PHUKET: The long-awaited crackdown on Phuket's illegal taxis will begin on March 1 following breakthrough talks yesterday to legitimise hundreds of cabs.
An agreement reached yesterday paves the way for the number of registered green-plate taxis on Phuket to grow from 400 at present to 2882 by the end of February.
The talks, headed by Phuket Vice Governor Jamleran Tipayapongtada and Phuket Transport Director Terayout Prasertphol, brought a final, hard-won agreement from 10 banks and financial institutions.
Representatives of the 10 banks and institutions agreed in a meeting with 200 taxi drivers at Phuket's Amora Hotel in Cherng Talay to ease the financial burden on drivers so they can more easily convert vehicles being purchased privately to taxis.
Once the vehicles are registered as taxis they can, unlike private vehicles, be properly insured against injuries to passengers.
''It's the last barrier down,'' said Phuket's Transport Director Khun Terayout, awarded Phuketwan's
Phuket Person of the Year 2012 title for his ground-breaking work bringing legitimate taxis and a public bus network to Phuket.
''By March 1 we will have for the first time a list of the legal taxi operators on Phuket.''
Once the list is finalised, action can be taken to cap the number of taxis and put the illegal taxis off the streets.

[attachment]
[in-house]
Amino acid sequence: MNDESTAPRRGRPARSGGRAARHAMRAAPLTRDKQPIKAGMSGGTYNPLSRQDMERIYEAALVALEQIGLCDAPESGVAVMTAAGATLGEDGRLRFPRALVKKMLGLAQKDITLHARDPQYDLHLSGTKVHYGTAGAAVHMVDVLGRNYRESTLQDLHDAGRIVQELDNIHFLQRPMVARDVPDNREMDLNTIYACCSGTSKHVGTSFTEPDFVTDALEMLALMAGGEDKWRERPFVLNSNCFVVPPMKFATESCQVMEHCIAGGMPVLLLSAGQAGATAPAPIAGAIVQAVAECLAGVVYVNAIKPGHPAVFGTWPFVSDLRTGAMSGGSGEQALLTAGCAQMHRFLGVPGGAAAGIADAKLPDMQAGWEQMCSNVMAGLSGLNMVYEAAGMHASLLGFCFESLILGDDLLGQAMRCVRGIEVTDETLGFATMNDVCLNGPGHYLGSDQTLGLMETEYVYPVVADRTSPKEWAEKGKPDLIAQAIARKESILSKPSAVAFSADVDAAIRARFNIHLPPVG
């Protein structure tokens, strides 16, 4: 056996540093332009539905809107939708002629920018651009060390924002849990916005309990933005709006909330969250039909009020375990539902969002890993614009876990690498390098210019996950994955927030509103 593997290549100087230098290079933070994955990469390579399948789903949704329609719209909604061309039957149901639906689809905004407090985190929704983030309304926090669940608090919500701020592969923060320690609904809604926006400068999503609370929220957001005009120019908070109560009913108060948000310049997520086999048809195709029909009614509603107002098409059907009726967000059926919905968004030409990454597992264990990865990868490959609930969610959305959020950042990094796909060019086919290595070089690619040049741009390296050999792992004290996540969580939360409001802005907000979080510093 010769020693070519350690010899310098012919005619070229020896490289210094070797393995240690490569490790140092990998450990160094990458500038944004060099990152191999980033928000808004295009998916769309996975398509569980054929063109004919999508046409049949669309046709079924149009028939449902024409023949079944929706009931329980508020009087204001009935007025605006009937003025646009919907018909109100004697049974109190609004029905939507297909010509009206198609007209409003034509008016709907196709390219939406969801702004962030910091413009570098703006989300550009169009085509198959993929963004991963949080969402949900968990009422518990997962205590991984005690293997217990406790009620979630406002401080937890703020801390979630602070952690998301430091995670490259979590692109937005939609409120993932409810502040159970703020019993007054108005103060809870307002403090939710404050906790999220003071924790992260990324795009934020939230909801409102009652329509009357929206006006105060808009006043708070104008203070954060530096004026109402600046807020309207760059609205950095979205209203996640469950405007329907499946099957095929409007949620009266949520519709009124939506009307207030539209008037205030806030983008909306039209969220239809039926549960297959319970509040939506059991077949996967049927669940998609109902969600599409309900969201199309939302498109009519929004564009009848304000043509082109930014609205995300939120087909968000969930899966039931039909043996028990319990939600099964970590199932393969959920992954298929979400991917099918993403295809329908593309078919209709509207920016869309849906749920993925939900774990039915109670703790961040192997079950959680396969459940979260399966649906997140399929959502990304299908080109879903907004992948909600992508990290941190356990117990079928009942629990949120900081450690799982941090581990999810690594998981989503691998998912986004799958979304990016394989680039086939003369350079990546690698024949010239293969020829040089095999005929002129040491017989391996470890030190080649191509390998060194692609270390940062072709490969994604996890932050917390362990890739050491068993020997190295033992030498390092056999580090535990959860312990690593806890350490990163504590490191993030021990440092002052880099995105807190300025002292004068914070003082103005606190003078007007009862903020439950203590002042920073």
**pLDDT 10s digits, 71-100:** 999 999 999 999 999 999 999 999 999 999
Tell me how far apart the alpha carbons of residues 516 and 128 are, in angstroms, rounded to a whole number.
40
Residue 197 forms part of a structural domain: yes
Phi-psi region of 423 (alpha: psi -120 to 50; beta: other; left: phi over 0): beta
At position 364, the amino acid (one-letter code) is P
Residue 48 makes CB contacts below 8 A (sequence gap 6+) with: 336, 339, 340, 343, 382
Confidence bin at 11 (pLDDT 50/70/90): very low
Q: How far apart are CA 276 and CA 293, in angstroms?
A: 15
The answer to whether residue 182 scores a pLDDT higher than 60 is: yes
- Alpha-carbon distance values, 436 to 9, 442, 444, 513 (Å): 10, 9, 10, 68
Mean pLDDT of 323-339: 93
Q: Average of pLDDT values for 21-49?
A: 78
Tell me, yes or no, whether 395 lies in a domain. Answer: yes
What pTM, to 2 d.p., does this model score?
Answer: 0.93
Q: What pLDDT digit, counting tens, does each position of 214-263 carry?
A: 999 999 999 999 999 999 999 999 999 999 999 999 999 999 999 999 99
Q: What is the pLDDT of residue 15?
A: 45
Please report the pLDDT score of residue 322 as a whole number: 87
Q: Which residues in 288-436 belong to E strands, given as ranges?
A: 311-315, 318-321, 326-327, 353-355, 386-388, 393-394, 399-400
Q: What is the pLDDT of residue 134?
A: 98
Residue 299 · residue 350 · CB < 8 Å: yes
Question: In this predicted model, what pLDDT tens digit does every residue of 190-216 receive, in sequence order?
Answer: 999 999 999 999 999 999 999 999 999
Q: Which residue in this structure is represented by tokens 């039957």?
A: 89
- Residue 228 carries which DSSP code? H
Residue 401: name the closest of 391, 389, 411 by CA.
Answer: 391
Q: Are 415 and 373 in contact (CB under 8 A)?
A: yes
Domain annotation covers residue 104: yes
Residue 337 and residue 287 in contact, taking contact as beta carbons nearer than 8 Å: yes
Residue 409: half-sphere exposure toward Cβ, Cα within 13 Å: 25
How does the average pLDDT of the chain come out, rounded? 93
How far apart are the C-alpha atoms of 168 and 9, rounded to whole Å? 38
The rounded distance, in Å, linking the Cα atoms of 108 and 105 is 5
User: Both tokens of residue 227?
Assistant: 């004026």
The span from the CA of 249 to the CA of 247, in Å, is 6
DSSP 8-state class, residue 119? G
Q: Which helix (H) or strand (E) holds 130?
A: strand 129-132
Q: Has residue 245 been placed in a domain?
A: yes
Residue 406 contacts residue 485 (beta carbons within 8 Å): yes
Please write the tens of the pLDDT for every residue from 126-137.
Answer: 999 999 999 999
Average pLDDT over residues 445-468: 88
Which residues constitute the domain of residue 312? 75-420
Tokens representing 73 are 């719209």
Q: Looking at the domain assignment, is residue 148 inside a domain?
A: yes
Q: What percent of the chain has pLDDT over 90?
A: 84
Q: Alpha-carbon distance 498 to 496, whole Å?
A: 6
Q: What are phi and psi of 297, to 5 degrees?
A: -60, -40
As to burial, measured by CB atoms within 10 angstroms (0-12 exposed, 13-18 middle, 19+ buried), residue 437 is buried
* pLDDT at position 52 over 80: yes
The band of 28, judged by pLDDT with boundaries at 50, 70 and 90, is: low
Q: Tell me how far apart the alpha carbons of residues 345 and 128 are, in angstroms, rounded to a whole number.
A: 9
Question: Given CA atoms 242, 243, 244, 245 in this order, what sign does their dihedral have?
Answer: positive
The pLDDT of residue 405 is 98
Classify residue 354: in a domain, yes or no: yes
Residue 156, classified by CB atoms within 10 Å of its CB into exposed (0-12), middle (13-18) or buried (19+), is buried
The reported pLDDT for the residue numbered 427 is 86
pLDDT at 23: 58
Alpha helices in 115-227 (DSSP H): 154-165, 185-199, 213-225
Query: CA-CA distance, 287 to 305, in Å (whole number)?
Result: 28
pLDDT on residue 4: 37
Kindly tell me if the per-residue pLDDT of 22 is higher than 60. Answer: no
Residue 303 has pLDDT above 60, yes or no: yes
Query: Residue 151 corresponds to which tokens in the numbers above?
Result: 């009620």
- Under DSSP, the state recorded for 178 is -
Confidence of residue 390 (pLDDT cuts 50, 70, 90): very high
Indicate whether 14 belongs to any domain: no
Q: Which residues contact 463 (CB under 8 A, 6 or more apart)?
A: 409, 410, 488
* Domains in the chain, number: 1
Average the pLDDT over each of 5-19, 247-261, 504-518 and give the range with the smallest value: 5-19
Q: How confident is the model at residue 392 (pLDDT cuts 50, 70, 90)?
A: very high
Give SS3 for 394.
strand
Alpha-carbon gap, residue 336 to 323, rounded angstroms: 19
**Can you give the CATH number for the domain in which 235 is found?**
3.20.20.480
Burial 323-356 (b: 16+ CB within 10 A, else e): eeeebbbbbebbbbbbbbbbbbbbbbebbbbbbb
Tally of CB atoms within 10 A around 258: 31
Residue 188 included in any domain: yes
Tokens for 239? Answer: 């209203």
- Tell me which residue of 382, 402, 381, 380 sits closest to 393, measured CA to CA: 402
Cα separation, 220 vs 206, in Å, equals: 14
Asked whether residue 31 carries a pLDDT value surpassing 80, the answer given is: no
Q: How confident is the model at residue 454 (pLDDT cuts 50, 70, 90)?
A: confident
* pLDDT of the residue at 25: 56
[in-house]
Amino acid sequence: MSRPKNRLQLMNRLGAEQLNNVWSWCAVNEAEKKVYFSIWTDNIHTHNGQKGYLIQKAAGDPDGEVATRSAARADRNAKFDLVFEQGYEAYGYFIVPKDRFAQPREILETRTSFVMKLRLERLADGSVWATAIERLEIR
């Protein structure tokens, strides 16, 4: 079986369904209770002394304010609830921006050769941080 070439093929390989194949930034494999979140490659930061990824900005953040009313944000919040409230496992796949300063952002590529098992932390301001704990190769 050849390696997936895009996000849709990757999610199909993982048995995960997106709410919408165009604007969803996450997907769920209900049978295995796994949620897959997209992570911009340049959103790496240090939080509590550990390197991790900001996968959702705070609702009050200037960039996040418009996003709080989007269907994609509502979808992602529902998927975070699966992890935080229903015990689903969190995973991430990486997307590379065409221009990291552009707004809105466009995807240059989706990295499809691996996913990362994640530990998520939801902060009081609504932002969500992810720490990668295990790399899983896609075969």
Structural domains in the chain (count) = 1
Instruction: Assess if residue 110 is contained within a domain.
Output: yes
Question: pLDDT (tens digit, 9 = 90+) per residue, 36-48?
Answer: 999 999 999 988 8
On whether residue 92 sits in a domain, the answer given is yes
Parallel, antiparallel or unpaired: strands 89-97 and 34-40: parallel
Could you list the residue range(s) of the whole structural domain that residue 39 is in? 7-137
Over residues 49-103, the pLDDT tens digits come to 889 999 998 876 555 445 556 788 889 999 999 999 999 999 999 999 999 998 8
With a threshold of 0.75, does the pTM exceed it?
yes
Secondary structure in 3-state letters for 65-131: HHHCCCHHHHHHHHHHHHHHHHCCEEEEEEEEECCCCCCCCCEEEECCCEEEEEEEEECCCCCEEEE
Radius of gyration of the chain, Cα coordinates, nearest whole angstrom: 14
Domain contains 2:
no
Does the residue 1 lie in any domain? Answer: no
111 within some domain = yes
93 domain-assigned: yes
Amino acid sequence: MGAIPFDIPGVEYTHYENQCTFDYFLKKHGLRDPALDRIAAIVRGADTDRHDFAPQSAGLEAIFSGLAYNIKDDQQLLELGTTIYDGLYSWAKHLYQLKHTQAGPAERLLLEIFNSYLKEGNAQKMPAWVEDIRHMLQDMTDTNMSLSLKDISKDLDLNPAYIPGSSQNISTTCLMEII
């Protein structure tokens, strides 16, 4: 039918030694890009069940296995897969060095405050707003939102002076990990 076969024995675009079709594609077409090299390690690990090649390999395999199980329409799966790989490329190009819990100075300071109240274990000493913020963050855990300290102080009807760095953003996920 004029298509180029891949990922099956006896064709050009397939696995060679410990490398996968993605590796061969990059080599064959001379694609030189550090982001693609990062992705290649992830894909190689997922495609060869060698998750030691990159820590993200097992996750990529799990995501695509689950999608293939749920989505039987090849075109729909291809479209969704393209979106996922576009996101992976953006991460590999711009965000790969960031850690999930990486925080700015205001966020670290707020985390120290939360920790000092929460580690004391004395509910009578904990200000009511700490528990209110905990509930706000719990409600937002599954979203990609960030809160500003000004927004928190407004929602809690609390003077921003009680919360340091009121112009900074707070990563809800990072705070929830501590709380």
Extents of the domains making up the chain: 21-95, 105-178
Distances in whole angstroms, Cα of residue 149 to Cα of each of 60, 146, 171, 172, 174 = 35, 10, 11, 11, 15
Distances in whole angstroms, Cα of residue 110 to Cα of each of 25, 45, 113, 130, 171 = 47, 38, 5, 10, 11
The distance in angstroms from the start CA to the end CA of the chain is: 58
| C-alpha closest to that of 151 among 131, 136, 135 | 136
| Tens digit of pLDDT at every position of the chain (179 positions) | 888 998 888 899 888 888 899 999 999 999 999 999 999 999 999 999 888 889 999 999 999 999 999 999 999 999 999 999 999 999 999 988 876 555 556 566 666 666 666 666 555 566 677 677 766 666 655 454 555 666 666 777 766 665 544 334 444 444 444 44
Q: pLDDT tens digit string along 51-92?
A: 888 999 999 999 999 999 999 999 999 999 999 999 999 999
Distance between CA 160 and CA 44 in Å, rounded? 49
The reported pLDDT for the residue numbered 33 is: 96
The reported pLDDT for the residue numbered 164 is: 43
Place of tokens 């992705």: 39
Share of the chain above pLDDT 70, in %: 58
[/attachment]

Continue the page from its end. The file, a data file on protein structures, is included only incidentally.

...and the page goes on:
Many of the taxis on Phuket are now on the way to obtaining green taxi number plates.
Some already carry decals listing the driver's name, the telephone number for complaints and the number that signifies the driver's place in a taxi rank.
From March 1, cabbies will also need a green numberplate to signify their legitimacy.
Yesterday's agreement means taxi drivers making time-payments to purchase vehicles will find it easier to meet the terms of the banks and finance institutions.
At least two manufacturers were also operating terms to allow drivers to convert present vehicles of less than 1500cc to 1500cc and above, the minimum engine capacity needed for a taxi.
The establishment of taxi call centres and the potential for metering vehicles become possible once taxi numbers are formally accepted and the registration process is agreed.
By some estimates, as many as 4000 legal and illegal taxis have been operating in Phuket's Patong west coast holiday hub without counting other centres.
Phuket tourists continue to complain, though, about having to pay for a return journey they do not take - which effectively doubles the Phuket fares of taxis and tuk-tuks.
Local village cartels of drivers have always denied the right of drivers from other village cartels to pick up other fares after dropping off passengers.
The result has benefitted drivers financially but put Phuket in a bad light when tourists strike comparisons with Bangkok and other destinations in Thailand.
Phuket also compares unfavorably in terms of provision of affordable public transport when compared to rival holiday destinations around the world.
Phuket residents are also forced to find alternative means of transport because of the extortionate fares demanded by taxi drivers.
The result: a large number of Phuket residents and visitors - particularly teenagers - die or are maimed in motorcycle crashes.